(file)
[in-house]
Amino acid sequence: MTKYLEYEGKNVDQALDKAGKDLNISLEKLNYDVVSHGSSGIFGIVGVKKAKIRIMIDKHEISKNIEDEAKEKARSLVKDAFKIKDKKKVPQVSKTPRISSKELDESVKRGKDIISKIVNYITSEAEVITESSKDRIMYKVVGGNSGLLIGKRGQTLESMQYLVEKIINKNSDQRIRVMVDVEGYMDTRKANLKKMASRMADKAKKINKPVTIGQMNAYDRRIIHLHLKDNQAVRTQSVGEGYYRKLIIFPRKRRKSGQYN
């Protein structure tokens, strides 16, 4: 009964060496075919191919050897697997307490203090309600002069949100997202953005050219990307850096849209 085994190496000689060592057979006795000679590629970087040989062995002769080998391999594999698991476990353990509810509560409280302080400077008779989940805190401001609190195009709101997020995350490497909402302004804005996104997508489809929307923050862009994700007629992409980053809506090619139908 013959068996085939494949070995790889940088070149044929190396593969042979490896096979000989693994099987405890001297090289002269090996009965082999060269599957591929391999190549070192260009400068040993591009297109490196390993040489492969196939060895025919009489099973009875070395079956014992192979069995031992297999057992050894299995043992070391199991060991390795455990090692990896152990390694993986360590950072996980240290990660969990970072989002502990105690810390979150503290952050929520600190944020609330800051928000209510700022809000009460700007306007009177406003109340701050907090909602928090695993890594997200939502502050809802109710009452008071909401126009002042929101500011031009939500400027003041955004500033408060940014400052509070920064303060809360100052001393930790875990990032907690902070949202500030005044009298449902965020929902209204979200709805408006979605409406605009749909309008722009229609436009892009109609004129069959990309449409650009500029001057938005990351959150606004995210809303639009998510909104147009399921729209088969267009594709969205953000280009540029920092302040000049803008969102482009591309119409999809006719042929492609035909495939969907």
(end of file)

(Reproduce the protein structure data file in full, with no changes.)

[in-house]
Amino acid sequence: MTKYLEYEGKNVDQALDKAGKDLNISLEKLNYDVVSHGSSGIFGIVGVKKAKIRIMIDKHEISKNIEDEAKEKARSLVKDAFKIKDKKKVPQVSKTPRISSKELDESVKRGKDIISKIVNYITSEAEVITESSKDRIMYKVVGGNSGLLIGKRGQTLESMQYLVEKIINKNSDQRIRVMVDVEGYMDTRKANLKKMASRMADKAKKINKPVTIGQMNAYDRRIIHLHLKDNQAVRTQSVGEGYYRKLIIFPRKRRKSGQYN
């Protein structure tokens, strides 16, 4: 009964060496075919191919050897697997307490203090309600002069949100997202953005050219990307850096849209 085994190496000689060592057979006795000679590629970087040989062995002769080998391999594999698991476990353990509810509560409280302080400077008779989940805190401001609190195009709101997020995350490497909402302004804005996104997508489809929307923050862009994700007629992409980053809506090619139908 013959068996085939494949070995790889940088070149044929190396593969042979490896096979000989693994099987405890001297090289002269090996009965082999060269599957591929391999190549070192260009400068040993591009297109490196390993040489492969196939060895025919009489099973009875070395079956014992192979069995031992297999057992050894299995043992070391199991060991390795455990090692990896152990390694993986360590950072996980240290990660969990970072989002502990105690810390979150503290952050929520600190944020609330800051928000209510700022809000009460700007306007009177406003109340701050907090909602928090695993890594997200939502502050809802109710009452008071909401126009002042929101500011031009939500400027003041955004500033408060940014400052509070920064303060809360100052001393930790875990990032907690902070949202500030005044009298449902965020929902209204979200709805408006979605409406605009749909309008722009229609436009892009109609004129069959990309449409650009500029001057938005990351959150606004995210809303639009998510909104147009399921729209088969267009594709969205953000280009540029920092302040000049803008969102482009591309119409999809006719042929492609035909495939969907």